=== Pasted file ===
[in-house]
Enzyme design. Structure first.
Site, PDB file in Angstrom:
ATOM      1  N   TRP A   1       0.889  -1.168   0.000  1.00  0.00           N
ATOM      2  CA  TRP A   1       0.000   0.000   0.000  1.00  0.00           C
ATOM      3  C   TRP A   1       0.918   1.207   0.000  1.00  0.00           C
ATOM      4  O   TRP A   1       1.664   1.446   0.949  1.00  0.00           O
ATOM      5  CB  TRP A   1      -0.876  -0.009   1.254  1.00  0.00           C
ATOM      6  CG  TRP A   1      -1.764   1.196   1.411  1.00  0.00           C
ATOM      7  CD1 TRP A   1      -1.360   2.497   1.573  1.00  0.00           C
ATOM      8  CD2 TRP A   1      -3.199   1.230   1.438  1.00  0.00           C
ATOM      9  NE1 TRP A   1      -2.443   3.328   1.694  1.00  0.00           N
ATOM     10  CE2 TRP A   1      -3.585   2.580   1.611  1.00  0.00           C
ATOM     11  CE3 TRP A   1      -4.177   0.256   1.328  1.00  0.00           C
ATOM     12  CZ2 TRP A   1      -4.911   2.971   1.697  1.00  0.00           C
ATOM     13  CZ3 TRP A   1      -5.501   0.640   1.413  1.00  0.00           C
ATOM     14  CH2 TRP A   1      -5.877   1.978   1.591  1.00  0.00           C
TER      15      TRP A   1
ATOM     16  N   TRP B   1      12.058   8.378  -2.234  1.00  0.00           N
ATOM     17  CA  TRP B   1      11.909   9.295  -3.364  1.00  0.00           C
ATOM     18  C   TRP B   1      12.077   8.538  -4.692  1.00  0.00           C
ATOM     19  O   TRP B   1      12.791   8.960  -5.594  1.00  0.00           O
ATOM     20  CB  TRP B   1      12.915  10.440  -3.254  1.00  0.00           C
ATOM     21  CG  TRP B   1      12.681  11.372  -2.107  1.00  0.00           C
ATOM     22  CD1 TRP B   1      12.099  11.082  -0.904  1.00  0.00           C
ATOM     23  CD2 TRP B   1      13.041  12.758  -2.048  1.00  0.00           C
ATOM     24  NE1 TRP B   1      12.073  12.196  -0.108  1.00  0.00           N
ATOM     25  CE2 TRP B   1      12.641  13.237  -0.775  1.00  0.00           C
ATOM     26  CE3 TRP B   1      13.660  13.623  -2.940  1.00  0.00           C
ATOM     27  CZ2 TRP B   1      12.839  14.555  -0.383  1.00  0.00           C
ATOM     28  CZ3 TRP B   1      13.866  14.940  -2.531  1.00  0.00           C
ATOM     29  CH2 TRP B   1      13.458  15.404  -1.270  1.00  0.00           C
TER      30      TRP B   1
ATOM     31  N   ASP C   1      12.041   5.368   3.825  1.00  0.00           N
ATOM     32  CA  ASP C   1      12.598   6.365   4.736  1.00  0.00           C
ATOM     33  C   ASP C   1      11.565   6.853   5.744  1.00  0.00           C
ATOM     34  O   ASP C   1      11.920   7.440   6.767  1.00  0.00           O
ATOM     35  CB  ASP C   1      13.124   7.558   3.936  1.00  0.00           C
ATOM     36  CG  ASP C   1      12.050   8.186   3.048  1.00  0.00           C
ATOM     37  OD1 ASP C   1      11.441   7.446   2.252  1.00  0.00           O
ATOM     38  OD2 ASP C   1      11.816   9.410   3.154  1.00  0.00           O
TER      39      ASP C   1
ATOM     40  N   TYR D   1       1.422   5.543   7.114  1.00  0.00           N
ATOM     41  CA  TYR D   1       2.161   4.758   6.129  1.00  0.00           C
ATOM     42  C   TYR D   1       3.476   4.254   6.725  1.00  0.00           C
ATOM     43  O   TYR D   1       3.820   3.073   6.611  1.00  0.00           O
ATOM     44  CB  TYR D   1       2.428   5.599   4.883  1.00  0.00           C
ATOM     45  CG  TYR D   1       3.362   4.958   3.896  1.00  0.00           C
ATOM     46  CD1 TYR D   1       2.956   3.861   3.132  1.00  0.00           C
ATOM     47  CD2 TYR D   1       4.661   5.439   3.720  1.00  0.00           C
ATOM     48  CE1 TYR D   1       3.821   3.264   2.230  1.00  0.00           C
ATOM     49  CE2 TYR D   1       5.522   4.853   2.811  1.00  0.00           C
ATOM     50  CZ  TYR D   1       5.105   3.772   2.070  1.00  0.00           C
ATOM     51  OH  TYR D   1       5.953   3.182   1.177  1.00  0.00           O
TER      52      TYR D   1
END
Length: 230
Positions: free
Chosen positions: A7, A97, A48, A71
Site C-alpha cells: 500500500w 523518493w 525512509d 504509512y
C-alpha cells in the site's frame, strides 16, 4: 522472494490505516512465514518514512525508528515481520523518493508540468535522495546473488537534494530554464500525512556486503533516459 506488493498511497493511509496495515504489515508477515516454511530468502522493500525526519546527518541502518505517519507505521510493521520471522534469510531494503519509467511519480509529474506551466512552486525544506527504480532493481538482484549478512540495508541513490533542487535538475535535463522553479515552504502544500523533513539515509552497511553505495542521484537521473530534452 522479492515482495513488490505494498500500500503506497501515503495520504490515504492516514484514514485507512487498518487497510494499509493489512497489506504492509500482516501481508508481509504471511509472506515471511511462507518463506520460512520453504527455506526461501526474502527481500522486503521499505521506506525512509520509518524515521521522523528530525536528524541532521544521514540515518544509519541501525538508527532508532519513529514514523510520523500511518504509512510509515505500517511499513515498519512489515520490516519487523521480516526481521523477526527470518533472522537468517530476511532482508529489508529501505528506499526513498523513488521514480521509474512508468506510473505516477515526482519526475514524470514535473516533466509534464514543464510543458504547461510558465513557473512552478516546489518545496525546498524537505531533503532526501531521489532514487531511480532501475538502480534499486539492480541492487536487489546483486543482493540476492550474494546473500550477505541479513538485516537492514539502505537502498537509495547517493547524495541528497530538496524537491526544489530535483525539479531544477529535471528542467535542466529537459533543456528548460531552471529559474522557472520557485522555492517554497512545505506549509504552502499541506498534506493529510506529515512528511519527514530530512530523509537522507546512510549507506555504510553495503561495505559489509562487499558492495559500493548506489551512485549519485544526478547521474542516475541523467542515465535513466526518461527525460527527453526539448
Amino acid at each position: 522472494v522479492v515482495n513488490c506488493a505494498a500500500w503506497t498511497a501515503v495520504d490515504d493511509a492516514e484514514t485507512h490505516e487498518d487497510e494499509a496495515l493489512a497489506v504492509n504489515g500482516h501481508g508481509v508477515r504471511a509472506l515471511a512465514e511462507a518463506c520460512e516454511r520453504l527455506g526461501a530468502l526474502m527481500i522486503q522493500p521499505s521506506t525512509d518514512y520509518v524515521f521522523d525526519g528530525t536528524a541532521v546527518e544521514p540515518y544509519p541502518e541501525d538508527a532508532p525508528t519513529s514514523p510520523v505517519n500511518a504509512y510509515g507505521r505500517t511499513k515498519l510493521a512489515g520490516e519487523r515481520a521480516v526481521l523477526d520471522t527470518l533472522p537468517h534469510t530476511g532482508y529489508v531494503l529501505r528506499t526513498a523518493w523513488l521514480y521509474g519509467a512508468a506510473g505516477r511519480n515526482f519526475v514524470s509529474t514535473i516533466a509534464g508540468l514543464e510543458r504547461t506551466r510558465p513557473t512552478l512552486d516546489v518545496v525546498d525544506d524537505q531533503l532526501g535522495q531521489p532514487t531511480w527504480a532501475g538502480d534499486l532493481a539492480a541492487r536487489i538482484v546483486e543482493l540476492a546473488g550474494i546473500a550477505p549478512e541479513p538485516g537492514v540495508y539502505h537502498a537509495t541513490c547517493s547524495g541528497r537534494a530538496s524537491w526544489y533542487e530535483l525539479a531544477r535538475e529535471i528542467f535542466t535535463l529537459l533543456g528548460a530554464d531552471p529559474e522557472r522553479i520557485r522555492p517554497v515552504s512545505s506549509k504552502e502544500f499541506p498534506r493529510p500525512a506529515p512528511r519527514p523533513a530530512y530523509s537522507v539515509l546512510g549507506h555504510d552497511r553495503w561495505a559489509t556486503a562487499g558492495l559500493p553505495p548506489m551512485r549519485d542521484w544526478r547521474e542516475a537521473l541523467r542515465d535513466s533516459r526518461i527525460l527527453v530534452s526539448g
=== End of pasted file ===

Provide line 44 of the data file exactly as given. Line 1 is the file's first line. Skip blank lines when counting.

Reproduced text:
ATOM     41  CA  TYR D   1       2.161   4.758   6.129  1.00  0.00           C